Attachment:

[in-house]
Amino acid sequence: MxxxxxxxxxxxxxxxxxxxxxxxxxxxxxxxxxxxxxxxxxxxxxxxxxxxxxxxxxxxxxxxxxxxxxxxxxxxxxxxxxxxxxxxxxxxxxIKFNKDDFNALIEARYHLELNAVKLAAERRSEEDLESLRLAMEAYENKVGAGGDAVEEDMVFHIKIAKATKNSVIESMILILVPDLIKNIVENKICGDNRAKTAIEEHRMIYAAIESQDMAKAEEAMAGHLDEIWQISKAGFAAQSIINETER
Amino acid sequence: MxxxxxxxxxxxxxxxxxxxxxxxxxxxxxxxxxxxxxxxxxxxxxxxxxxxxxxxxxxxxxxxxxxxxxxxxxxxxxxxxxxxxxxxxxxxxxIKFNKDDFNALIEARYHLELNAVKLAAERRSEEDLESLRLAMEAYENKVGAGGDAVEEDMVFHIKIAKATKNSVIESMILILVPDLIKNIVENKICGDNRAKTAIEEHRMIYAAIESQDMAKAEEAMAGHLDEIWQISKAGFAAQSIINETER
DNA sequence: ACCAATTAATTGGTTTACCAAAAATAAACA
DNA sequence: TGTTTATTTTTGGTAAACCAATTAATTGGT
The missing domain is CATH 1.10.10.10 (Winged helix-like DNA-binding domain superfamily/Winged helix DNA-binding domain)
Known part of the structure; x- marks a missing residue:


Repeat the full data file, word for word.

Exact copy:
[in-house]
Amino acid sequence: MxxxxxxxxxxxxxxxxxxxxxxxxxxxxxxxxxxxxxxxxxxxxxxxxxxxxxxxxxxxxxxxxxxxxxxxxxxxxxxxxxxxxxxxxxxxxxIKFNKDDFNALIEARYHLELNAVKLAAERRSEEDLESLRLAMEAYENKVGAGGDAVEEDMVFHIKIAKATKNSVIESMILILVPDLIKNIVENKICGDNRAKTAIEEHRMIYAAIESQDMAKAEEAMAGHLDEIWQISKAGFAAQSIINETER
Amino acid sequence: MxxxxxxxxxxxxxxxxxxxxxxxxxxxxxxxxxxxxxxxxxxxxxxxxxxxxxxxxxxxxxxxxxxxxxxxxxxxxxxxxxxxxxxxxxxxxxIKFNKDDFNALIEARYHLELNAVKLAAERRSEEDLESLRLAMEAYENKVGAGGDAVEEDMVFHIKIAKATKNSVIESMILILVPDLIKNIVENKICGDNRAKTAIEEHRMIYAAIESQDMAKAEEAMAGHLDEIWQISKAGFAAQSIINETER
DNA sequence: ACCAATTAATTGGTTTACCAAAAATAAACA
DNA sequence: TGTTTATTTTTGGTAAACCAATTAATTGGT
The missing domain is CATH 1.10.10.10 (Winged helix-like DNA-binding domain superfamily/Winged helix DNA-binding domain)
Known part of the structure; x- marks a missing residue: